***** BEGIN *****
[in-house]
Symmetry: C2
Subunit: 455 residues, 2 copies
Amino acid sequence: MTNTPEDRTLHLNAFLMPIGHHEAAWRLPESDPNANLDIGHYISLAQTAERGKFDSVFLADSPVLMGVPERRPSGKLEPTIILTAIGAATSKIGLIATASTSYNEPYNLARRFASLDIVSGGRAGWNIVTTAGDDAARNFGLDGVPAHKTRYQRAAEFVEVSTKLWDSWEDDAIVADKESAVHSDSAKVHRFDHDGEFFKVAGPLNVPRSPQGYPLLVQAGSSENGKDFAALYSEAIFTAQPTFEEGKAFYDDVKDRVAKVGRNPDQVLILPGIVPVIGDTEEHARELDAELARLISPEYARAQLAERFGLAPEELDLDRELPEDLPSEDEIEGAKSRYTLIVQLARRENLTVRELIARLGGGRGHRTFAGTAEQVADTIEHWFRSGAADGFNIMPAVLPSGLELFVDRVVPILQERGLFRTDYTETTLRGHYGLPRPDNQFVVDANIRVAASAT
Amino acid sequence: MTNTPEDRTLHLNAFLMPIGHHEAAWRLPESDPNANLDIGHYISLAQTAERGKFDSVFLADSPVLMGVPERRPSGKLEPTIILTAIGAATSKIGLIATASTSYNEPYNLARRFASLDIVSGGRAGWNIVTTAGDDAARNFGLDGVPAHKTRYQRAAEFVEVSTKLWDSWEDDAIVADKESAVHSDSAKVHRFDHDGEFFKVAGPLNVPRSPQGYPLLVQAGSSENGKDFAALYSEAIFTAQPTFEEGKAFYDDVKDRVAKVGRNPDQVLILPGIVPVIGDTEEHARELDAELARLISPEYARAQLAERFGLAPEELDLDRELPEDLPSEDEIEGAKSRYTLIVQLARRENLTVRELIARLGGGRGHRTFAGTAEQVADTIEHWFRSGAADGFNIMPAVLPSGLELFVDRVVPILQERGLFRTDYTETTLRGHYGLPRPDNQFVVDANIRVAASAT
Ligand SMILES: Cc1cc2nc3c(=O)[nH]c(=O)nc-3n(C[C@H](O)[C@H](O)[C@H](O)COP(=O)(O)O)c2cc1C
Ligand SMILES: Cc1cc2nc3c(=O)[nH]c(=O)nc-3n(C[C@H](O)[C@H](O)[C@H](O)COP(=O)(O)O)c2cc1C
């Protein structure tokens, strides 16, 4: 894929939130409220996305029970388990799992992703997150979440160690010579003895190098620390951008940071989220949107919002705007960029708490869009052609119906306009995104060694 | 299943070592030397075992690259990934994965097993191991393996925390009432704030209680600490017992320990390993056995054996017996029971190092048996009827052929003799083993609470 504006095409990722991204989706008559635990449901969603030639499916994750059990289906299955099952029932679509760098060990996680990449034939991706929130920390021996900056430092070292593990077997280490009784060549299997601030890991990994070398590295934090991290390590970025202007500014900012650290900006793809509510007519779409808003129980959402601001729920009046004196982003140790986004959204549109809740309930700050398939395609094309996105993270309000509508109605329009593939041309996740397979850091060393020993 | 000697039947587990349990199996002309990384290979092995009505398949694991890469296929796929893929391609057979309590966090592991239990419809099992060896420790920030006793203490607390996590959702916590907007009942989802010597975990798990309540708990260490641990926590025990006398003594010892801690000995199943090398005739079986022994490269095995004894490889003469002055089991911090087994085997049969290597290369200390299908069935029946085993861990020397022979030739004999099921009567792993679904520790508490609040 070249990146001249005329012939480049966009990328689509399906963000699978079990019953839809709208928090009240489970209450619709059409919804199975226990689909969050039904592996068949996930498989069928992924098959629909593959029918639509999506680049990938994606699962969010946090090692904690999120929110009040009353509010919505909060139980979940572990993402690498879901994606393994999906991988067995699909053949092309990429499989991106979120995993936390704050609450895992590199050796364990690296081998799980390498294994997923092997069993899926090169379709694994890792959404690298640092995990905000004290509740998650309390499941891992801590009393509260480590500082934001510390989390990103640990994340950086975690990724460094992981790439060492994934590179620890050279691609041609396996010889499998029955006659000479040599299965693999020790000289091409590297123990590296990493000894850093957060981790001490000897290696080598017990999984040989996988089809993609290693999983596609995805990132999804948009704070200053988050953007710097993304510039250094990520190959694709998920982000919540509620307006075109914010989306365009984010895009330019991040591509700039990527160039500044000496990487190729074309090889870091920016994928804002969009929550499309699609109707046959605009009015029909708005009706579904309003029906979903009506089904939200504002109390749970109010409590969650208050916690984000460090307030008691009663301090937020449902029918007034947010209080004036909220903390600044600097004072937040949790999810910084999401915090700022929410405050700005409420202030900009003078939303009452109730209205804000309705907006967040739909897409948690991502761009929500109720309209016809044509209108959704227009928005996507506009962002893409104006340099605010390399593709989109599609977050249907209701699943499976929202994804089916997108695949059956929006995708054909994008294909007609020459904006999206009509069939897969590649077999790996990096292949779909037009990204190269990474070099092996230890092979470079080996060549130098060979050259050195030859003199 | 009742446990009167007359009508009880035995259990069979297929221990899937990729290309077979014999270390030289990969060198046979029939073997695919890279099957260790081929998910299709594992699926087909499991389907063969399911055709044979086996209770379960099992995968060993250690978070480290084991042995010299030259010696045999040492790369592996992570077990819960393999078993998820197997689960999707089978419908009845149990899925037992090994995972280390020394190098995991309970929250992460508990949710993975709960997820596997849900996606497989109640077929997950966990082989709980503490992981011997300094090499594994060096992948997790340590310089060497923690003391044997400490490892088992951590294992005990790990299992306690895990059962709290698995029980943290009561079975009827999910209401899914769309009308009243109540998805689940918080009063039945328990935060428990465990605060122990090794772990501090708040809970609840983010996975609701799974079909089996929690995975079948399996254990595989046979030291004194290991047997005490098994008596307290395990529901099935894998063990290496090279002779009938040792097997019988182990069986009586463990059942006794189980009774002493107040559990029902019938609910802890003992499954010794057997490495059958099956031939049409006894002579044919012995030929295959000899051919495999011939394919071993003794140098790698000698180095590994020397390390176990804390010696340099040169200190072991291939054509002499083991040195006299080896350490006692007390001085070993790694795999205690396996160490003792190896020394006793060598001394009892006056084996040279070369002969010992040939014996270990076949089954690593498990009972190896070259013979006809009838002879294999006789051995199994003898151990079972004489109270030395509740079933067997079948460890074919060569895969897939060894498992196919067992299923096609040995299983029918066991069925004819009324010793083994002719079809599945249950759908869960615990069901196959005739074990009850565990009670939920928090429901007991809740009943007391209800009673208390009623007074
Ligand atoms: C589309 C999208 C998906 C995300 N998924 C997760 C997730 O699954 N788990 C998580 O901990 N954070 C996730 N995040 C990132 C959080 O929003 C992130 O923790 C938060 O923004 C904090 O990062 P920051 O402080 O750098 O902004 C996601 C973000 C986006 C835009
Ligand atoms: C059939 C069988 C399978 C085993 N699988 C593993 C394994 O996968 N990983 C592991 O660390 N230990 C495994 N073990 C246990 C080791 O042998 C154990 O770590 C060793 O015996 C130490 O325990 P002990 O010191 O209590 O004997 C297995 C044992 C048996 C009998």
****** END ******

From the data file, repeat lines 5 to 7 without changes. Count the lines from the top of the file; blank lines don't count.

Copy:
Amino acid sequence: MTNTPEDRTLHLNAFLMPIGHHEAAWRLPESDPNANLDIGHYISLAQTAERGKFDSVFLADSPVLMGVPERRPSGKLEPTIILTAIGAATSKIGLIATASTSYNEPYNLARRFASLDIVSGGRAGWNIVTTAGDDAARNFGLDGVPAHKTRYQRAAEFVEVSTKLWDSWEDDAIVADKESAVHSDSAKVHRFDHDGEFFKVAGPLNVPRSPQGYPLLVQAGSSENGKDFAALYSEAIFTAQPTFEEGKAFYDDVKDRVAKVGRNPDQVLILPGIVPVIGDTEEHARELDAELARLISPEYARAQLAERFGLAPEELDLDRELPEDLPSEDEIEGAKSRYTLIVQLARRENLTVRELIARLGGGRGHRTFAGTAEQVADTIEHWFRSGAADGFNIMPAVLPSGLELFVDRVVPILQERGLFRTDYTETTLRGHYGLPRPDNQFVVDANIRVAASAT
Ligand SMILES: Cc1cc2nc3c(=O)[nH]c(=O)nc-3n(C[C@H](O)[C@H](O)[C@H](O)COP(=O)(O)O)c2cc1C
Ligand SMILES: Cc1cc2nc3c(=O)[nH]c(=O)nc-3n(C[C@H](O)[C@H](O)[C@H](O)COP(=O)(O)O)c2cc1C